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Repairing the HP LaserJet Series II power supply

My HP LaserJet Series II
In May 2009, after 20 years of loyal service, my HP LaserJet Series II (in fact, a LaserJet III disguised as a LaserJet Series II) showed the Error #50 service message. The Internet reveals a lot of useful information about this error. It is displayed if the fuser does not reach its temperature after a given time interval. There can be a number of reasons, the most obvious being a burnt out fuser lamp. I also learned that the cause can be a failure in the AC power supply.

If the error appears, the DC power board memorizes it with a charged capacitor, which takes 10 to 15 minutes to discharge. For repeated tests, it is therefore vital to turn off power for like 20 minutes to be sure that the self test is run completely when the printer is cycled the next time.

If the error remains, it is most likely that the fuser itself (that’s the green felt-covered rectangular box which can be seen when the printer latch is open) is burned. It can be tested with an ohm-meter, the procedure is well documented on the net, and I don’t have to repeat it here. In my case, however, if the printer was turned on 20 minutes after the error occurred, it completed its self test. If turned off overnight, the error #50 would reappear, and disappear upon the next cycle. This behaviour is typical for a capacitor which has lost part of its capacity.

A little research on the net revealed that C154, a 22uF capacitor with 25V nominal voltage, is known to cause problems. There are other parts in the AC board which are likely to fail, in particular the triac, but since its failure would cause a permanent error, I decided to give the capacitor a shot. Besides, I wouldn’t have had a replacement triac readily available.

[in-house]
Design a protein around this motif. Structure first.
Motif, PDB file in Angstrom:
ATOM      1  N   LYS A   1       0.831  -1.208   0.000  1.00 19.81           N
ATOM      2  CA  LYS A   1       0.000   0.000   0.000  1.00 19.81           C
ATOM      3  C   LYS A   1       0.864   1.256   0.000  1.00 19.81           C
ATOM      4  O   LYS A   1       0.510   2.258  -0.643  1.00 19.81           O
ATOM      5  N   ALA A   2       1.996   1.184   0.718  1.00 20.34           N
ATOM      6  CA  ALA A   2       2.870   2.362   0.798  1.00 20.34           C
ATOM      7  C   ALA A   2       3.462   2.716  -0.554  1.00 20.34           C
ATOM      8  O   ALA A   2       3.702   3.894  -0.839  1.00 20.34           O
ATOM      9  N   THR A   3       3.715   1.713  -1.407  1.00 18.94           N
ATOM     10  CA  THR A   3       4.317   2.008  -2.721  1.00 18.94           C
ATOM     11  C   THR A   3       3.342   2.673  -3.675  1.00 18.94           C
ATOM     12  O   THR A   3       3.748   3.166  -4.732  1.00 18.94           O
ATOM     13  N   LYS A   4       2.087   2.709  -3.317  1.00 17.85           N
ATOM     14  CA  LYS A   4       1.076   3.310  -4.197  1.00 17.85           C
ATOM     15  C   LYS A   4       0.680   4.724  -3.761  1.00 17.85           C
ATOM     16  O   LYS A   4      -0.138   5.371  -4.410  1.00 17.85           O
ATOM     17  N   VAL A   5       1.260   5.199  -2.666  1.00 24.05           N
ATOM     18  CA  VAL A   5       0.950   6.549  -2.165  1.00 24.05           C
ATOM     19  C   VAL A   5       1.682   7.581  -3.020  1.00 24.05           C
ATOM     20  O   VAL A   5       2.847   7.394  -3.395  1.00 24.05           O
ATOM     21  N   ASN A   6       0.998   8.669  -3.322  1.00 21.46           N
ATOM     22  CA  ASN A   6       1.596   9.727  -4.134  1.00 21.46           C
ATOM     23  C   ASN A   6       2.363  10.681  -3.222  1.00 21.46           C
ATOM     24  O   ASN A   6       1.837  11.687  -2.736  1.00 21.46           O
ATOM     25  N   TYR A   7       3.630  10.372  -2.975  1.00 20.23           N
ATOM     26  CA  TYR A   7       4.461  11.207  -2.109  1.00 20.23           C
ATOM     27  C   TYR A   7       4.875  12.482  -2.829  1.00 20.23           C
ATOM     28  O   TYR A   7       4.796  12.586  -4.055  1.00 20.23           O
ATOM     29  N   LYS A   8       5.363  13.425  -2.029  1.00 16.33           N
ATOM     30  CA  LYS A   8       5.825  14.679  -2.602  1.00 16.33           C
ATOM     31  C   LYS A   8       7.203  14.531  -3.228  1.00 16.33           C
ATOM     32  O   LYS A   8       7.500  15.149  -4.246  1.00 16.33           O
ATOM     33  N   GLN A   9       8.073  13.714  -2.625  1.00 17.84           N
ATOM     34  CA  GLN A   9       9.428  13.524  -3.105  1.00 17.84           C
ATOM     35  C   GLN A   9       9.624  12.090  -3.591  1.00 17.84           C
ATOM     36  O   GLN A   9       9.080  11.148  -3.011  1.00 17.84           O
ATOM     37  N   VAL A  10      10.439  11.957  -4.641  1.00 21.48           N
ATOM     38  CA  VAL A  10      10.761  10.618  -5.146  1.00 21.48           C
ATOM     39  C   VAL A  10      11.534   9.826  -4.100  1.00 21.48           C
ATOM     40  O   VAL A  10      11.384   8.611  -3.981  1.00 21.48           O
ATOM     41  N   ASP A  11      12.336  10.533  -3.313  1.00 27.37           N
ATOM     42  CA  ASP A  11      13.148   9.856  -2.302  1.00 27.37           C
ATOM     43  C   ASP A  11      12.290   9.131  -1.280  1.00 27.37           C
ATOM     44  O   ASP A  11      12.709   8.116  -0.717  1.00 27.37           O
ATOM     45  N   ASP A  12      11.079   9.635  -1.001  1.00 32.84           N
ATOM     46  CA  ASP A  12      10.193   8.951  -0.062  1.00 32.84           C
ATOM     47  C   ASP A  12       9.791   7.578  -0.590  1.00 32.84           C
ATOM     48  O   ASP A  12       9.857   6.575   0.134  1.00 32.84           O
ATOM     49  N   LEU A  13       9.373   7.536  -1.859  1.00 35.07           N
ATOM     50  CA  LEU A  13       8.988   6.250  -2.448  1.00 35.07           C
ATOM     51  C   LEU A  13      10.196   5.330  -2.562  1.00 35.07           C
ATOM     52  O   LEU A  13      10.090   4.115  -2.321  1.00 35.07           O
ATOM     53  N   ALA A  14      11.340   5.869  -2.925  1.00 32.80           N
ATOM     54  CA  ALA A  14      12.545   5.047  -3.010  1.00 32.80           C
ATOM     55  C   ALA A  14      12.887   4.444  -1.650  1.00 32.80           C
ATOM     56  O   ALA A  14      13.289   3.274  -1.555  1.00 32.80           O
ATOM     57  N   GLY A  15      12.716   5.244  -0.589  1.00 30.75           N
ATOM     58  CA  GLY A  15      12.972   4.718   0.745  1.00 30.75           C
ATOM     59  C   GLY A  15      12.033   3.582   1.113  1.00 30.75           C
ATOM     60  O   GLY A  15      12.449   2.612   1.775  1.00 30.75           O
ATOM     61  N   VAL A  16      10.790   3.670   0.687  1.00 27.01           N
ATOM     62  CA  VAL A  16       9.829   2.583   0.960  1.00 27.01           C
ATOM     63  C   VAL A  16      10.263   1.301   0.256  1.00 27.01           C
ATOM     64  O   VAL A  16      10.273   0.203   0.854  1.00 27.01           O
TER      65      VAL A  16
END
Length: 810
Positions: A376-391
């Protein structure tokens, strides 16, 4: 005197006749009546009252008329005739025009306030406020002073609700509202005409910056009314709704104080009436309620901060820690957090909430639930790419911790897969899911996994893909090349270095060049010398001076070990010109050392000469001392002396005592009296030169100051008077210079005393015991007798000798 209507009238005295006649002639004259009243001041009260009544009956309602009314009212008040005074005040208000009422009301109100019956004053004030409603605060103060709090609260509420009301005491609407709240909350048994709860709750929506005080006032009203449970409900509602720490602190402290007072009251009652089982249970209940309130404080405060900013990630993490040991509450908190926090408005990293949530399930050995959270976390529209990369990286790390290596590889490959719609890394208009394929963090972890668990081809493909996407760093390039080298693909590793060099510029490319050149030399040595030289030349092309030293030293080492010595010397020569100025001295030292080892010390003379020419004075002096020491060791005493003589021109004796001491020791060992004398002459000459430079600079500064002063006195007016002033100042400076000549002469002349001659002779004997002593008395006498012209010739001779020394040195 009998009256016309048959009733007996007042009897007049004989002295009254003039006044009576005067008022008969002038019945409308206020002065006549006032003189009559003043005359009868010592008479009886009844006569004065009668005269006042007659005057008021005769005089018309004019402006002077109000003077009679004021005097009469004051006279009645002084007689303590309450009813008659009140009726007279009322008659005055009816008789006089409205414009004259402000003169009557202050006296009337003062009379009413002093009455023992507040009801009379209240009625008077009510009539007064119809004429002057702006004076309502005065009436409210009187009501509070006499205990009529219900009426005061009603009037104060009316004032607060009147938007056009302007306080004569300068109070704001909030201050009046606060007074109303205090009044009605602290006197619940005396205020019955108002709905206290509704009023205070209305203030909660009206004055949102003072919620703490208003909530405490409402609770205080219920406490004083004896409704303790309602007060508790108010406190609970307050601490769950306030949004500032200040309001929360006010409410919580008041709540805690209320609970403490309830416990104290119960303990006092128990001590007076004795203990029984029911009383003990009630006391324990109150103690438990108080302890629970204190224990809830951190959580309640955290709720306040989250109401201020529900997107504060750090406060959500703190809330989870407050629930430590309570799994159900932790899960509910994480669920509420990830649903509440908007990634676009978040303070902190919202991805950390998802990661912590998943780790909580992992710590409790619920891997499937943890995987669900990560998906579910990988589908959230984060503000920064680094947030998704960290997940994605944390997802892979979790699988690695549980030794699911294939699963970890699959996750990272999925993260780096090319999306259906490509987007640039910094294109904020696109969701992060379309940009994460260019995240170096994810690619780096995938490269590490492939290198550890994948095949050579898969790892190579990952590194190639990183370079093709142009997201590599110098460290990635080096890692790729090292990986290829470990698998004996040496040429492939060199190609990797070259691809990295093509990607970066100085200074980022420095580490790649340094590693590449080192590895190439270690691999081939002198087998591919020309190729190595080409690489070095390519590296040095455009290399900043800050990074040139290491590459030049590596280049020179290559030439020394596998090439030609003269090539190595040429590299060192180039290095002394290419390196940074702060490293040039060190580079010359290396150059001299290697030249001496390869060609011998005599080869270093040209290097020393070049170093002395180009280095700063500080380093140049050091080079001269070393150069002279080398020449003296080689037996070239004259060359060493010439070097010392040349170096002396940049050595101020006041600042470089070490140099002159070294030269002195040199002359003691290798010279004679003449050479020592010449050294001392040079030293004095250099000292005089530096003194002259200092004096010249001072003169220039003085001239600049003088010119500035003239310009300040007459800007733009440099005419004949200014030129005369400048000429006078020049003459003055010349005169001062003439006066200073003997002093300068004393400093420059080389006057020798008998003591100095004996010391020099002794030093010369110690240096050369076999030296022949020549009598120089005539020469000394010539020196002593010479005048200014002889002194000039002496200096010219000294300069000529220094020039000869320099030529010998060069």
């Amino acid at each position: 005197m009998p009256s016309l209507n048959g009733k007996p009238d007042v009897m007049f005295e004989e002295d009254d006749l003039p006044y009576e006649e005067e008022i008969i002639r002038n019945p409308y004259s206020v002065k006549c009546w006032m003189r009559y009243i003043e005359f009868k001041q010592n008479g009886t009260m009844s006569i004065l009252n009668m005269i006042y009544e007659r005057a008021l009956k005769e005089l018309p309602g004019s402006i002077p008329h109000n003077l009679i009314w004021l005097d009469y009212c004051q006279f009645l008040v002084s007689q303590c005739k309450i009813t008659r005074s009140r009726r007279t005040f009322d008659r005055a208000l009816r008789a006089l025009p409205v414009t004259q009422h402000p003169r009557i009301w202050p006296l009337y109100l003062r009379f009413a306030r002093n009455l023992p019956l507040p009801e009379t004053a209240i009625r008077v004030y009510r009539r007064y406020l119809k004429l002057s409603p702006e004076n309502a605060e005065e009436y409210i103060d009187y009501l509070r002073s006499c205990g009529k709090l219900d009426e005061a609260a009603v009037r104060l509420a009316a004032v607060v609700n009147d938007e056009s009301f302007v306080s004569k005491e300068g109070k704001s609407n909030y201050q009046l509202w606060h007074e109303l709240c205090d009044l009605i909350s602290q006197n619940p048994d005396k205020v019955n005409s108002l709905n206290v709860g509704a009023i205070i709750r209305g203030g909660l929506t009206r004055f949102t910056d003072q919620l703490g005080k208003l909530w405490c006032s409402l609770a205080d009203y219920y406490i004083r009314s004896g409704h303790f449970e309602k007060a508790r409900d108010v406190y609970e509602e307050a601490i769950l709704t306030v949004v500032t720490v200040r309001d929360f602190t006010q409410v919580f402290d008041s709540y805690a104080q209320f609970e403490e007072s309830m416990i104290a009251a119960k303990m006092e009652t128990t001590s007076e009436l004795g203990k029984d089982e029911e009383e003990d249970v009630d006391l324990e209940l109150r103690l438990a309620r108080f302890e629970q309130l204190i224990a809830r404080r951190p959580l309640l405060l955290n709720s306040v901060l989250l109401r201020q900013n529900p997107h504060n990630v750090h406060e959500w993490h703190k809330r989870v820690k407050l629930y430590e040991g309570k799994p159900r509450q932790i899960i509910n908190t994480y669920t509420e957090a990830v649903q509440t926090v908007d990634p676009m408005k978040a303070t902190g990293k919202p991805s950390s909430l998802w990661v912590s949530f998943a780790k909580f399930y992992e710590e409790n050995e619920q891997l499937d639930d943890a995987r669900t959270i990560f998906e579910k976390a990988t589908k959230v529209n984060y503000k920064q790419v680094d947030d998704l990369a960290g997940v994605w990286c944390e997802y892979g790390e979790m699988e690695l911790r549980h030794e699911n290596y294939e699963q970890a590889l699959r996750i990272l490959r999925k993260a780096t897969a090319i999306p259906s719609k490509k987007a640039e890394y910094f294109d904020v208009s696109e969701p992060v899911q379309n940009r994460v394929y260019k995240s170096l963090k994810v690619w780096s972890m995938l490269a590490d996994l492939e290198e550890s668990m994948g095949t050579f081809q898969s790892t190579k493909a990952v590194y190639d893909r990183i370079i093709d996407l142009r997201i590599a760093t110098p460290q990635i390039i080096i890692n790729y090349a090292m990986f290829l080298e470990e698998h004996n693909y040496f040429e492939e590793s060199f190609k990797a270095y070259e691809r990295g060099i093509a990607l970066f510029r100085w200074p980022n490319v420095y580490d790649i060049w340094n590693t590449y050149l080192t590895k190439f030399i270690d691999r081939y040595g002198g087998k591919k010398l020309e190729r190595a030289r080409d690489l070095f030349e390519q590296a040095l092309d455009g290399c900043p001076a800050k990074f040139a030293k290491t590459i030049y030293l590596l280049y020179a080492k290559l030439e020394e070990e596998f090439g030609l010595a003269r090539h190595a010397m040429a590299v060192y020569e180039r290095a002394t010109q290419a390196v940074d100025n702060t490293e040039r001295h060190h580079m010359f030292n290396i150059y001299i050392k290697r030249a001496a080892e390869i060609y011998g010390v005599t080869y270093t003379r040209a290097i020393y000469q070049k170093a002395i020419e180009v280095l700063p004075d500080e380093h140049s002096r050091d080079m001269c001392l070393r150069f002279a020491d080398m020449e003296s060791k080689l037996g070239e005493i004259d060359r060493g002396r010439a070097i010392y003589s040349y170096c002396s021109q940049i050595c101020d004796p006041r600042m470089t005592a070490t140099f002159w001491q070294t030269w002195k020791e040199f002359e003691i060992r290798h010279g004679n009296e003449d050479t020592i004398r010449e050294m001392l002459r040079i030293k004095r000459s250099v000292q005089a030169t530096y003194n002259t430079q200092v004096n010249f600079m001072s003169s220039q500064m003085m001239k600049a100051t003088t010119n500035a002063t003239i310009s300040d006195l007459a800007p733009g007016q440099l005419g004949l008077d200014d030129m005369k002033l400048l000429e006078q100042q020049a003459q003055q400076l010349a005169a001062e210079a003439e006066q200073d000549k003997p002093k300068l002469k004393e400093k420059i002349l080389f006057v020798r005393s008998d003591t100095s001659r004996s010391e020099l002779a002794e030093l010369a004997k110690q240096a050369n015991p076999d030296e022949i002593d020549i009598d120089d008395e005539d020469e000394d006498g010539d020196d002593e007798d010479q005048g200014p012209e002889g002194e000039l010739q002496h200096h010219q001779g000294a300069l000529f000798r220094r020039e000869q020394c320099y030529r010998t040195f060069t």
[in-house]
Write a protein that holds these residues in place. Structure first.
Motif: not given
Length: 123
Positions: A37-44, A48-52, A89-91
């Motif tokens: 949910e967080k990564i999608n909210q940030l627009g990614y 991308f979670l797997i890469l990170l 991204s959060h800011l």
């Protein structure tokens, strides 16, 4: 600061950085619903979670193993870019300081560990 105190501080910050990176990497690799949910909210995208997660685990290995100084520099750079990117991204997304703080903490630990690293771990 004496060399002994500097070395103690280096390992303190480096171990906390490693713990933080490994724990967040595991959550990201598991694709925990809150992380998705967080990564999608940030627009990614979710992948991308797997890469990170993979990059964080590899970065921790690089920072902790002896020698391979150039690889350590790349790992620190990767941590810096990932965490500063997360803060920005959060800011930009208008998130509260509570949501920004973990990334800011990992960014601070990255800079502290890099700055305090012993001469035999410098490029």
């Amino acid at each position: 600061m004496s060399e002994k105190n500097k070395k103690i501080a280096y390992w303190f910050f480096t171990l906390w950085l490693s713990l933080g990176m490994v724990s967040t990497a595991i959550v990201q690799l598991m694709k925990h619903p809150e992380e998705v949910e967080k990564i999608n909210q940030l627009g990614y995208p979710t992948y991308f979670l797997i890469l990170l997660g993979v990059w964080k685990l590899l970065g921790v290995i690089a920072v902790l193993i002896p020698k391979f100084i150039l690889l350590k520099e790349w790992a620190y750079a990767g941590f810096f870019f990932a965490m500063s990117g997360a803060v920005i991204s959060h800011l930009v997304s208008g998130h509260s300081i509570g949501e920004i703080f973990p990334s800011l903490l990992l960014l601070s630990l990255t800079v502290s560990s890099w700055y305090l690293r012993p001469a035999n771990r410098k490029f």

Removing the AC power module
The following disassembly instructions are strictly valid for the LaserJet II, the model III requires a slightly different procedure. Of course, the usual caveats apply: You do things on your own risk, and if you hurt yourself, your printer or both in the process, I assume no responsibility.

The AC board is located at the back of the printer, to the right, where the AC plug is located. First remove the 8 screws of the main body cover, then gently turn the cover over from the back to the front. You may want to unplug the display/panel, although that is not absolutely necessary. I believe the LaserJet III cover parts must be removed individually, although I do not know for sure.

Next the ozone filter cover must be removed. There are two black screws on top of it which need to be loosened.

Now the fuser assembly can be removed. There are 4 screws, one of which has a star washer. Be sure to remember where this one belongs. It is important for proper grounding.

The AC power assembly is not accessible, four screws hold it to the base plate, one of which has again a star washer. So far, so good. The procedure until here is well documented in the service manual, which can also be found on the net. The repair itself, however, is not, since the LaserJet II and III are designed for a module-swapping repair approach.

Opening the AC power module
First we need to remove the fan, which is mounted with three black screws to the module. Unplug the red/black two wire cable first.

Next we have to remove the metal cover which is held in place with three silver screws. Underneath a printed circuit board can be seen, which is held in place with two black screws. This board contains the famous C154 capacitor, which can be seen on the picture (the green cylinder).

This capacitor is surprisingly small for a 1989 22uF 25V unit. The only suitable capacitor I had was a 40V unit, considerably larger than HPs original capacitor. There is enough place to mount it, though. I had some difficulties removing the old capacitor, desoldering wire is useful.

While at it, also have a look at the lower PCB with the triac, mounted on a piece of tin to disperse heat. I also visually inspected R102 and R103, but could not find anything suspicious.

The unsoldering/soldering part really took most of the time of the operation. Reassembly went fast. After powering on, the printer ran through the self test with no problem. I hope the power supply is good for another 20 years now!

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